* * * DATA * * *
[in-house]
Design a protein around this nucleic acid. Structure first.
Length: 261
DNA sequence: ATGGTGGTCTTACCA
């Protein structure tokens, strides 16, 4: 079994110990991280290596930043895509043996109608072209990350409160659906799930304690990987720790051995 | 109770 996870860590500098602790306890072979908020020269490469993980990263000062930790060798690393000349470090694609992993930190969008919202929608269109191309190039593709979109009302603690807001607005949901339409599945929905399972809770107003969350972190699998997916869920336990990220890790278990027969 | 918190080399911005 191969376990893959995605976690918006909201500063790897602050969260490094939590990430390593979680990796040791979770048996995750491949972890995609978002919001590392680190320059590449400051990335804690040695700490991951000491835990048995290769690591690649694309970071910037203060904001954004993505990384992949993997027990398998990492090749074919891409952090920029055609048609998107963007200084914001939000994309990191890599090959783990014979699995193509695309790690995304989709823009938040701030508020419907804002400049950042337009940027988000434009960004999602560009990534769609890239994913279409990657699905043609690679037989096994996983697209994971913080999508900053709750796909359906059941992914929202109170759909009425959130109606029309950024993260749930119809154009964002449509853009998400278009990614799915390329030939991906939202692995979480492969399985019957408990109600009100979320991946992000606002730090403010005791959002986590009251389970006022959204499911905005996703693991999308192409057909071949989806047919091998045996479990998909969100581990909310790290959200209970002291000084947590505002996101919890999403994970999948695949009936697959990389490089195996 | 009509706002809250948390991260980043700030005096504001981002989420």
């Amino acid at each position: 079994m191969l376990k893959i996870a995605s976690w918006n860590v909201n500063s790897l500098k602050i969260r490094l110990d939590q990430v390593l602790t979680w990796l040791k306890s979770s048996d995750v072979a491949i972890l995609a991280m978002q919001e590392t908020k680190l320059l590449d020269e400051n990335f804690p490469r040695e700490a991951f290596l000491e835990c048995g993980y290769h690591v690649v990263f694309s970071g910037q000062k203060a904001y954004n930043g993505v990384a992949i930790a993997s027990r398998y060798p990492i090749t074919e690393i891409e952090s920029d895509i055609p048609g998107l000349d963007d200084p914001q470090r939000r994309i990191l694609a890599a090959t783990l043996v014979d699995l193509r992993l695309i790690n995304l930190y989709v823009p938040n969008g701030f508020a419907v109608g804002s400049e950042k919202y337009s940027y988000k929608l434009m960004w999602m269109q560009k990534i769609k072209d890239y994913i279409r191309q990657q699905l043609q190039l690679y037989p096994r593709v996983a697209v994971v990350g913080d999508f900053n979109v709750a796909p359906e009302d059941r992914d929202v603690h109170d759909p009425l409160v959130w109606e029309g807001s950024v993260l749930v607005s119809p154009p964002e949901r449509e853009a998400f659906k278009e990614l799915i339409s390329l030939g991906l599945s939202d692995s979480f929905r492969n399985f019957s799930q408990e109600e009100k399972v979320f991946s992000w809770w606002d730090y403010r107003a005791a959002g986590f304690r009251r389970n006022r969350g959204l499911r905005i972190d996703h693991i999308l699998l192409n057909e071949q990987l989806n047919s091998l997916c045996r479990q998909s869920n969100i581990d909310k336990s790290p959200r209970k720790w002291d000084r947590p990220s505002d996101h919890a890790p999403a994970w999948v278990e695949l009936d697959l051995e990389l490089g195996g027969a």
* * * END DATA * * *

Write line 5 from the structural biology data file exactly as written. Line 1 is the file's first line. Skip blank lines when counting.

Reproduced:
């Protein structure tokens, strides 16, 4: 079994110990991280290596930043895509043996109608072209990350409160659906799930304690990987720790051995 | 109770 996870860590500098602790306890072979908020020269490469993980990263000062930790060798690393000349470090694609992993930190969008919202929608269109191309190039593709979109009302603690807001607005949901339409599945929905399972809770107003969350972190699998997916869920336990990220890790278990027969 | 918190080399911005 191969376990893959995605976690918006909201500063790897602050969260490094939590990430390593979680990796040791979770048996995750491949972890995609978002919001590392680190320059590449400051990335804690040695700490991951000491835990048995290769690591690649694309970071910037203060904001954004993505990384992949993997027990398998990492090749074919891409952090920029055609048609998107963007200084914001939000994309990191890599090959783990014979699995193509695309790690995304989709823009938040701030508020419907804002400049950042337009940027988000434009960004999602560009990534769609890239994913279409990657699905043609690679037989096994996983697209994971913080999508900053709750796909359906059941992914929202109170759909009425959130109606029309950024993260749930119809154009964002449509853009998400278009990614799915390329030939991906939202692995979480492969399985019957408990109600009100979320991946992000606002730090403010005791959002986590009251389970006022959204499911905005996703693991999308192409057909071949989806047919091998045996479990998909969100581990909310790290959200209970002291000084947590505002996101919890999403994970999948695949009936697959990389490089195996 | 009509706002809250948390991260980043700030005096504001981002989420």